Architect Raghav Arora on his win at the Masala! Awards 2011
It wouldn’t be wrong to state that Raghav Arora, 29, is the architect of his own success. He joined his family business a few years ago after his degree in architecture from the US and in the last few years, has steered the firm to great success. As director of the DRA Group, Raghav has helmed some of the most prestigious building projects in the city. His business acumen and vision fetched him the Young Achiever in Business trophy at the prestigious Masala! Awards in 2011. As Raghav takes giant strides in his field, he tells us why the lives of the people who live in a building he constructs, are far more relevant to him than its structure or style!
How did it feel winning the Masala! Young Achiever in Business award last year?
I felt humbled, inspired, proud and happy. Being honoured by such a distinguished set of jury members was what mattered the most. Having some of the leading business people in the region recognise your work and abilities gave me a lot of confidence to go forward in my career.
How important are awards to you?
When you get awarded for something, it does feel very good but it’s not something I work for or consciously try and achieve. The focus remains on doing a good job and having a great experience. If awards and recognition come along the way, it just adds to the satisfaction of working and keeping people happy.
What was your most memorable moment at the Masala! Awards’ night?
It was the moment when I was congratulated by some of my closest friends and family after receiving the award. They were there to share the happiness with me which meant a lot to me. The night was memorable all around though, from the awesome performances to some stirring speeches and a great after-party.
Of all the projects that you have worked on what was the most challenging and why?
That’s a tough question to answer; each project has its own unique challenges but I feel that designing and building homes for families requires a certain level of patience and skill that’s different from other projects. Homes for families are very complex as you have to understand the lifestyle and needs of a particular family and then translate them into a work of architecture. Every aspect of a home is customised and as a builder you have to keep your mind very open and calm while dealing with the very personal requirements of the members.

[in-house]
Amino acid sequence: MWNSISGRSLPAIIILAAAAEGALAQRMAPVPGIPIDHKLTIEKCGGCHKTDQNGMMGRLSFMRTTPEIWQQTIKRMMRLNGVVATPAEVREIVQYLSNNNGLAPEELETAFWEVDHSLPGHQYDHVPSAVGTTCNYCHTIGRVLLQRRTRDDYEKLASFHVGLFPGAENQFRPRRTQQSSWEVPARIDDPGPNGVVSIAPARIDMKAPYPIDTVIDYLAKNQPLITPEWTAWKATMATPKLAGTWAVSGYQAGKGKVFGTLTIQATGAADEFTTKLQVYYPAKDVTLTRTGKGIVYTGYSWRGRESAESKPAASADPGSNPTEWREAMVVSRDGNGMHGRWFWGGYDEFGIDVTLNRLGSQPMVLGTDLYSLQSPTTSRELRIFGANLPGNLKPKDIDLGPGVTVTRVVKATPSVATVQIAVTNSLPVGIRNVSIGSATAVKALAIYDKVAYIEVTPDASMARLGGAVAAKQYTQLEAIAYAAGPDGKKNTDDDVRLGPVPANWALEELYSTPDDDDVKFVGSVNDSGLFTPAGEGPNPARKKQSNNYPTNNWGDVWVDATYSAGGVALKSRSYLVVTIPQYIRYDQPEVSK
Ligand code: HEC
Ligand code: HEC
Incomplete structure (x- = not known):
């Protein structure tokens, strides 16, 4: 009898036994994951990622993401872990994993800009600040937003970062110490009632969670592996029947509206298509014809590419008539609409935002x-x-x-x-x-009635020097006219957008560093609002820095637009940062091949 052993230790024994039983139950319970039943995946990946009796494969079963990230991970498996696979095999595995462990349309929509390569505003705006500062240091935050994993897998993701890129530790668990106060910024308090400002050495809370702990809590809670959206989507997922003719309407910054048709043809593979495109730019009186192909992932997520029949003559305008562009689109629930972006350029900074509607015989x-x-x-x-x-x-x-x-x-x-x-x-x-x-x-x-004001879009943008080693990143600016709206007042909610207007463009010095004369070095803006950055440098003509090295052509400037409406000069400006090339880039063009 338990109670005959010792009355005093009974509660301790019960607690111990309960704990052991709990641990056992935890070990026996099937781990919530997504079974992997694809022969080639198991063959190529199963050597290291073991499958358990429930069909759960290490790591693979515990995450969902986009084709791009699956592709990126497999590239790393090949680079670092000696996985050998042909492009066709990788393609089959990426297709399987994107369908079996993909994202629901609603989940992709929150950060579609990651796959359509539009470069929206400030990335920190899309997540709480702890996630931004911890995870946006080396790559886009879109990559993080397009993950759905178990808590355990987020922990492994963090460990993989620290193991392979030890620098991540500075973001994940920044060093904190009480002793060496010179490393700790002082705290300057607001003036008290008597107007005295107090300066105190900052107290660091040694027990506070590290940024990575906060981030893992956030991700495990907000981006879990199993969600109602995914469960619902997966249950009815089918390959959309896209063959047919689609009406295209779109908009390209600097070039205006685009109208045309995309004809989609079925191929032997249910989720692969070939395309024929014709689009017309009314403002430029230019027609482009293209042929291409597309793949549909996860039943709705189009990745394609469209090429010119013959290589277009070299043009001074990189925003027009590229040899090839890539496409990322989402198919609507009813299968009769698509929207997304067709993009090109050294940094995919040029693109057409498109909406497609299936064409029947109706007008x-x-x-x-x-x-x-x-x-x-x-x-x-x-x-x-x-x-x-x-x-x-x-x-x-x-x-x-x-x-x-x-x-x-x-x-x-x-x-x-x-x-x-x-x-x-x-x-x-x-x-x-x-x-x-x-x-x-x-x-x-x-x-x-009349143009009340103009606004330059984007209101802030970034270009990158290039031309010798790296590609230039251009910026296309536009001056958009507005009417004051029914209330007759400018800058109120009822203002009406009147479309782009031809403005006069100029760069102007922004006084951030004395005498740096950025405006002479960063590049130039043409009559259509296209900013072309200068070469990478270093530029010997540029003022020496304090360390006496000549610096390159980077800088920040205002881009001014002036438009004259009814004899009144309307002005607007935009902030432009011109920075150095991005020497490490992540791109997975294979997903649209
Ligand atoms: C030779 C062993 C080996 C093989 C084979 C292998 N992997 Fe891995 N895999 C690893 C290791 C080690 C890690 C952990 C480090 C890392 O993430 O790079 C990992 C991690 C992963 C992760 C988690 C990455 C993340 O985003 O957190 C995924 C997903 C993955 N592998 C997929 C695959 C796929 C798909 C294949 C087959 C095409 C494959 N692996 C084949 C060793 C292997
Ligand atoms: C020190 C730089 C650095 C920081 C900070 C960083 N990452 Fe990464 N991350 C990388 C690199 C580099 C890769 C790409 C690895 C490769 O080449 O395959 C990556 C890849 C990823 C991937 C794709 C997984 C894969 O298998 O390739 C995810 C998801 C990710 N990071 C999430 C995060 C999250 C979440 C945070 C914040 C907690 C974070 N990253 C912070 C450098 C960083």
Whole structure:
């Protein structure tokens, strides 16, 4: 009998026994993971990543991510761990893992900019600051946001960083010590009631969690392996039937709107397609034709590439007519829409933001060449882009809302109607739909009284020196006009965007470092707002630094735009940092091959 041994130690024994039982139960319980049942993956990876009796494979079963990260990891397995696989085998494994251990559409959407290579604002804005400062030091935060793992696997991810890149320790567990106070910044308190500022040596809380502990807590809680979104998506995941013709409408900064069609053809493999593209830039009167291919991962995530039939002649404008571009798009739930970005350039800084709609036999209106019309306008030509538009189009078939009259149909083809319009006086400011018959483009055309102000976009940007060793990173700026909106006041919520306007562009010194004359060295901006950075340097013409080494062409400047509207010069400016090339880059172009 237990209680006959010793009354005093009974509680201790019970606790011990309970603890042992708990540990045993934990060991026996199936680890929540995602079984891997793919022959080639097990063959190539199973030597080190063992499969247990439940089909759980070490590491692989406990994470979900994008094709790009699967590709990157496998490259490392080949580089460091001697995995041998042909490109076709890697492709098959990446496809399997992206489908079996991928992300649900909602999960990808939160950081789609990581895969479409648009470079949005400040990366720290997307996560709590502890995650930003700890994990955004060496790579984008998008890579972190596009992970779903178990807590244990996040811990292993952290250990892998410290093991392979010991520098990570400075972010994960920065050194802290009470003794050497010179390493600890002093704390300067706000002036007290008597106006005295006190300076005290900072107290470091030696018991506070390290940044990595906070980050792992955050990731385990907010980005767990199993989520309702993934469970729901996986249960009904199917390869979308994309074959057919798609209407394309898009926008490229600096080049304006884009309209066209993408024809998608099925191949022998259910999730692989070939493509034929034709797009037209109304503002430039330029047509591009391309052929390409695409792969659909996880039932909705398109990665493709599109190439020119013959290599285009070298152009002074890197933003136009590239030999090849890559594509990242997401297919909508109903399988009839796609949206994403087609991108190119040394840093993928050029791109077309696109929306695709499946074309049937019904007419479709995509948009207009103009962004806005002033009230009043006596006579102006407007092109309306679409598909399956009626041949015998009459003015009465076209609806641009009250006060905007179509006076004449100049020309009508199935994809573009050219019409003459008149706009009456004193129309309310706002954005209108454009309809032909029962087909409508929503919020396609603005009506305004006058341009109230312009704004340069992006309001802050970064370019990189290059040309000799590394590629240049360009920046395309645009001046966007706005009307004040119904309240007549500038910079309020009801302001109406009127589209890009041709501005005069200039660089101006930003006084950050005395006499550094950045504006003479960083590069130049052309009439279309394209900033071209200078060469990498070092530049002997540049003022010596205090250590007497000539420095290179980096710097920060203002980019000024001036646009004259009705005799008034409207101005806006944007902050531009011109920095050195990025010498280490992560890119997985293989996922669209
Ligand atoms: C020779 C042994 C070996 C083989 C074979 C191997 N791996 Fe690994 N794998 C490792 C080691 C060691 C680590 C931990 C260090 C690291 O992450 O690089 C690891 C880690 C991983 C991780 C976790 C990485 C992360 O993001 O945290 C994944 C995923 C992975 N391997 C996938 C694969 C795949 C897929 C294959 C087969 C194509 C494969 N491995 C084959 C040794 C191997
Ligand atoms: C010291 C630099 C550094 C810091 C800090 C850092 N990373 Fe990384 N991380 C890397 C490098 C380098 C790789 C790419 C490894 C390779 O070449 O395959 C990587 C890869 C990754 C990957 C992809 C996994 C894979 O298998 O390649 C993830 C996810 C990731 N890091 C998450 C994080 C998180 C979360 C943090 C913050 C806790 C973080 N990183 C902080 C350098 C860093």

Among all the structures that you have helped create, what are you most proud of?
I love each one of them, big or small. However, I am particularly proud of all our villas in the Emirates Hills community and working for large corporations like
Nissan, Emerson, Black and Decker, Alokozay Group, Al Maya Group, Swarovski, Emirates Airlines and AWR group has been a real highlight.
What are you currently working on?
I am currently working on six villas in Emirates Hills, five on the Palm Jumeirah and a couple on Pearl Jumeirah. In addition, we have nine projects on in JAFZA for various companies and continue to work with Emirates Airlines at various locations in Dubai. Also, we are working on setting up new businesses in India. So it’s definitely very busy, which is a good thing!
Which architectural style of the past are you most inspired by?
I have never been inspired by one particular style as such. I have always believed that architecture, much like any other art form, must compliment and add value to its immediate surroundings and situations. Simply imitating a style of the past never seems justified to me. Architecture must be a result of the needs and desires of people.
I try and keep people at the forefront of all my designs; their experience is what matters to me. It’s easy to make a building reflect a style of the past but it’s hard to improve the lives of people who live in the structures that you build.
Which are the structures around the world that never fail to amaze you?
There are too many to count but on a recent visit to Mumbai, I noticed the construction of some of the slums there. Millions of people crammed into tiny spaces with nothing but mud walls and plastic sheets to protect them! It’s really quite amazing and ingenious. Yes, I do enjoy all the grand and sophisticated buildings all over the world but I’ve recently began to notice the purity in how people build dwellings and spaces of work just out of pure necessity. It’s not contrived at all, it’s a pure human reaction translated into a built form. For me, any structure that can exude purity of form and function is amazing.
What does it take to make a mark for oneself in an extremely competitive arena?
There are two things I’ve learnt from my father that help me every day. One is the virtue of being patient. It’s true, good things do come to those who wait. And secondly, I’ve learnt to treat success and failure in the same way. Whether you are successful or you’ve failed at something, nothing should be able to derail you off the path you know is best for you. It keeps you humble and more balanced in the long run.
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